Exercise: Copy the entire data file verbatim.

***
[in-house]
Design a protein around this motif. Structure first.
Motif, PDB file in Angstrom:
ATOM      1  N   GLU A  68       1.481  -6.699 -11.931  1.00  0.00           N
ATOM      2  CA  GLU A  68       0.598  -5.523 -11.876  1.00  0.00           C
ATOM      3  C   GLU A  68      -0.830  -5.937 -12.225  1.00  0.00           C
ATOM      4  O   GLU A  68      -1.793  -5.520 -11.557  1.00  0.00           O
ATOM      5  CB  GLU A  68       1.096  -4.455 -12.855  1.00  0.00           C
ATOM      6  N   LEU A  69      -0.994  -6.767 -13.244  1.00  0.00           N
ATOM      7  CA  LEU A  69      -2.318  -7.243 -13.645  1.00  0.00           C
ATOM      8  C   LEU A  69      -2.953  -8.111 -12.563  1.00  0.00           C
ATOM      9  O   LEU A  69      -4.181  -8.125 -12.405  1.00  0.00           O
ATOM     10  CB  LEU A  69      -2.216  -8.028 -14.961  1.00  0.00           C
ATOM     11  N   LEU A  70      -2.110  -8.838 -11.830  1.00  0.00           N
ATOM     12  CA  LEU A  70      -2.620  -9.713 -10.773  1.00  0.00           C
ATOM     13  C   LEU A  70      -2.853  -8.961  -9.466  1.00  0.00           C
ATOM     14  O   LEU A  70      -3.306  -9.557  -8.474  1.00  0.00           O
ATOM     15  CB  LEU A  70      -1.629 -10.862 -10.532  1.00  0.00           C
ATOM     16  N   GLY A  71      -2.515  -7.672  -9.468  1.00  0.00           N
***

[in-house]
Design a protein around this motif. Structure first.
Motif, PDB file in Angstrom:
ATOM      1  N   GLU A  68       1.481  -6.699 -11.931  1.00  0.00           N
ATOM      2  CA  GLU A  68       0.598  -5.523 -11.876  1.00  0.00           C
ATOM      3  C   GLU A  68      -0.830  -5.937 -12.225  1.00  0.00           C
ATOM      4  O   GLU A  68      -1.793  -5.520 -11.557  1.00  0.00           O
ATOM      5  CB  GLU A  68       1.096  -4.455 -12.855  1.00  0.00           C
ATOM      6  N   LEU A  69      -0.994  -6.767 -13.244  1.00  0.00           N
ATOM      7  CA  LEU A  69      -2.318  -7.243 -13.645  1.00  0.00           C
ATOM      8  C   LEU A  69      -2.953  -8.111 -12.563  1.00  0.00           C
ATOM      9  O   LEU A  69      -4.181  -8.125 -12.405  1.00  0.00           O
ATOM     10  CB  LEU A  69      -2.216  -8.028 -14.961  1.00  0.00           C
ATOM     11  N   LEU A  70      -2.110  -8.838 -11.830  1.00  0.00           N
ATOM     12  CA  LEU A  70      -2.620  -9.713 -10.773  1.00  0.00           C
ATOM     13  C   LEU A  70      -2.853  -8.961  -9.466  1.00  0.00           C
ATOM     14  O   LEU A  70      -3.306  -9.557  -8.474  1.00  0.00           O
ATOM     15  CB  LEU A  70      -1.629 -10.862 -10.532  1.00  0.00           C
ATOM     16  N   GLY A  71      -2.515  -7.672  -9.468  1.00  0.00           N